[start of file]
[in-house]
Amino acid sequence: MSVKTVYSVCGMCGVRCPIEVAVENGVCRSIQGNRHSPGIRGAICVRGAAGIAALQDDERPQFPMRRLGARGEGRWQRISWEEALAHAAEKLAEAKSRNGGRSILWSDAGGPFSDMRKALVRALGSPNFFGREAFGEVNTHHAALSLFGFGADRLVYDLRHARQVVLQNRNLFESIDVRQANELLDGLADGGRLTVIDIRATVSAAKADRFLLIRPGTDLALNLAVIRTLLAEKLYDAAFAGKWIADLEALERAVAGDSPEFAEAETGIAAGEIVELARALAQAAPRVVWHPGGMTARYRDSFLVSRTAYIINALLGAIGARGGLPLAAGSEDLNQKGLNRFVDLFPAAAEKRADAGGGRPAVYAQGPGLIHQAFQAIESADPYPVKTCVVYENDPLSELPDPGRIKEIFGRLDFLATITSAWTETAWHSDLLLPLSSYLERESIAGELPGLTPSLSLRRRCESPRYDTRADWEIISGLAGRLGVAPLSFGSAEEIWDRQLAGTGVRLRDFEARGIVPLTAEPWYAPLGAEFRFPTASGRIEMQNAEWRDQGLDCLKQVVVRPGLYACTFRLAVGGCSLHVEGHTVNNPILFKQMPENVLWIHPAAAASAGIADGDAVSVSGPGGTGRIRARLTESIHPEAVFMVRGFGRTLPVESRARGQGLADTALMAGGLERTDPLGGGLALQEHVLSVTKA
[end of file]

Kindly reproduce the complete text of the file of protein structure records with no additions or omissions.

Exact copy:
[in-house]
Amino acid sequence: MSVKTVYSVCGMCGVRCPIEVAVENGVCRSIQGNRHSPGIRGAICVRGAAGIAALQDDERPQFPMRRLGARGEGRWQRISWEEALAHAAEKLAEAKSRNGGRSILWSDAGGPFSDMRKALVRALGSPNFFGREAFGEVNTHHAALSLFGFGADRLVYDLRHARQVVLQNRNLFESIDVRQANELLDGLADGGRLTVIDIRATVSAAKADRFLLIRPGTDLALNLAVIRTLLAEKLYDAAFAGKWIADLEALERAVAGDSPEFAEAETGIAAGEIVELARALAQAAPRVVWHPGGMTARYRDSFLVSRTAYIINALLGAIGARGGLPLAAGSEDLNQKGLNRFVDLFPAAAEKRADAGGGRPAVYAQGPGLIHQAFQAIESADPYPVKTCVVYENDPLSELPDPGRIKEIFGRLDFLATITSAWTETAWHSDLLLPLSSYLERESIAGELPGLTPSLSLRRRCESPRYDTRADWEIISGLAGRLGVAPLSFGSAEEIWDRQLAGTGVRLRDFEARGIVPLTAEPWYAPLGAEFRFPTASGRIEMQNAEWRDQGLDCLKQVVVRPGLYACTFRLAVGGCSLHVEGHTVNNPILFKQMPENVLWIHPAAAASAGIADGDAVSVSGPGGTGRIRARLTESIHPEAVFMVRGFGRTLPVESRARGQGLADTALMAGGLERTDPLGGGLALQEHVLSVTKA